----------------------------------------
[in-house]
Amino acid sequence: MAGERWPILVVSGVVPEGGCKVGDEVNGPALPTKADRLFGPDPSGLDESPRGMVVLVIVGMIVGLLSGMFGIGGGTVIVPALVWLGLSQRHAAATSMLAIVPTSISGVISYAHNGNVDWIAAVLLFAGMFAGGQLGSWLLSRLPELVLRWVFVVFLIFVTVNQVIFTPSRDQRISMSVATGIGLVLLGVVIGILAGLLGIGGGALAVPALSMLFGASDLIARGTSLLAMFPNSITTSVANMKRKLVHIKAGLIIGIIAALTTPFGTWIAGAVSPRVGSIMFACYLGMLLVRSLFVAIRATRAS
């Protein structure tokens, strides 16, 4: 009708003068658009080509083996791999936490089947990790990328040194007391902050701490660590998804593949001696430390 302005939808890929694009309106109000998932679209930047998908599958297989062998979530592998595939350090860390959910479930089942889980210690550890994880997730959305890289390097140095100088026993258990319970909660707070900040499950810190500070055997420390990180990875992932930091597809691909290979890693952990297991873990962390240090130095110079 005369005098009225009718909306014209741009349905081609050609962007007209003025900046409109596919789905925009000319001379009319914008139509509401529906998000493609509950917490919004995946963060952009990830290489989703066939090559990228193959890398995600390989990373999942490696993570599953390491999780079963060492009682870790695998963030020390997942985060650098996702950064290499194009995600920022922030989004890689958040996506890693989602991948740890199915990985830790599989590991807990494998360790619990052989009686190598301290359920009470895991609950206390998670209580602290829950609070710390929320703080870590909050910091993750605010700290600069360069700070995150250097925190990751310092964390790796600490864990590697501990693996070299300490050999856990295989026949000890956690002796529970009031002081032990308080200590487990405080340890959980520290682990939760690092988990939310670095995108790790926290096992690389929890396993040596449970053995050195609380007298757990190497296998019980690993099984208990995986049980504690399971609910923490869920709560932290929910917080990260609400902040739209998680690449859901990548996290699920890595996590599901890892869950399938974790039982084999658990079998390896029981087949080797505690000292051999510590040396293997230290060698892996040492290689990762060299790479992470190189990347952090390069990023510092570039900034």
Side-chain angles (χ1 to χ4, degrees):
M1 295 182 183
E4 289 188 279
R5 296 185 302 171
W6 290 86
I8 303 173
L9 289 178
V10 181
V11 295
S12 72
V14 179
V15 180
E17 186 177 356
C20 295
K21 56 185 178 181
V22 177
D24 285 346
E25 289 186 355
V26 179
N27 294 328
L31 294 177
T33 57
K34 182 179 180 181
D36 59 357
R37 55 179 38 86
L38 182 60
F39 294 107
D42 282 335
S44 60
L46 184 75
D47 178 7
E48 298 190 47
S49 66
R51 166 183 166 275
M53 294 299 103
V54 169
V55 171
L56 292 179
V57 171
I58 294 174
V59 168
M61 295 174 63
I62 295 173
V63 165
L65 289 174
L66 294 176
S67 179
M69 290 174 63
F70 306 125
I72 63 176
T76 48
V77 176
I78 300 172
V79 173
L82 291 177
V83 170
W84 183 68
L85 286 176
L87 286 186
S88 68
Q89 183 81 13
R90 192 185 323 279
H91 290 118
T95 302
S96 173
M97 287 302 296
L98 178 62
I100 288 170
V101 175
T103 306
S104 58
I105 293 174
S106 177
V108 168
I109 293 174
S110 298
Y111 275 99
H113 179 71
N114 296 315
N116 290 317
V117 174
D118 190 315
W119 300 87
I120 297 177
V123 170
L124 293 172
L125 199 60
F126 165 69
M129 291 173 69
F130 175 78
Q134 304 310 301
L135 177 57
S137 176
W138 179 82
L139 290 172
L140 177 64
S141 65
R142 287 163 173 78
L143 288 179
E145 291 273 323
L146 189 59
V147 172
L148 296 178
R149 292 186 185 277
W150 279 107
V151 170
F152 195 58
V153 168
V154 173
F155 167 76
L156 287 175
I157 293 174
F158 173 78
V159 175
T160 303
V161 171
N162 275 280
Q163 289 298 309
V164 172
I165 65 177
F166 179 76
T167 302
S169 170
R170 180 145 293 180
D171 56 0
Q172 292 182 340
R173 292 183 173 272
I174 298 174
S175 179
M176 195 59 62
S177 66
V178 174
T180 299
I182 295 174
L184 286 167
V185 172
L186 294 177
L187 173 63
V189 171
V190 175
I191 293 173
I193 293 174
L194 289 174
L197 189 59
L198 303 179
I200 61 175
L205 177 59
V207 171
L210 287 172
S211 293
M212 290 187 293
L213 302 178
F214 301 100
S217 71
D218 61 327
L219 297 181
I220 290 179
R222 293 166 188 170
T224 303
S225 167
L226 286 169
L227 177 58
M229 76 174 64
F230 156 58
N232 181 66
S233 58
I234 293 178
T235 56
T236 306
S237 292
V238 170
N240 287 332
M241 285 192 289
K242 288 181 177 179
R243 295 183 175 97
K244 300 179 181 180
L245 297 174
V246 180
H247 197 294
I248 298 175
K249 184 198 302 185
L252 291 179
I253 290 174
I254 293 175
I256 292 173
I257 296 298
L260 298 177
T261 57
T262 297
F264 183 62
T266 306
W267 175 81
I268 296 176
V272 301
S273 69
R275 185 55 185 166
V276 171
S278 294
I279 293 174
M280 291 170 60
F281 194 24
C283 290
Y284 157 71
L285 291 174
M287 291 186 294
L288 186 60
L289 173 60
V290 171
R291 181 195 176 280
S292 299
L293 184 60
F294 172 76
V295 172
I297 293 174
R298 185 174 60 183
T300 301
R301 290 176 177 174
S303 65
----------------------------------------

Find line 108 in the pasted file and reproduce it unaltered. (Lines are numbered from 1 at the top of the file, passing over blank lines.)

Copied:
W150 279 107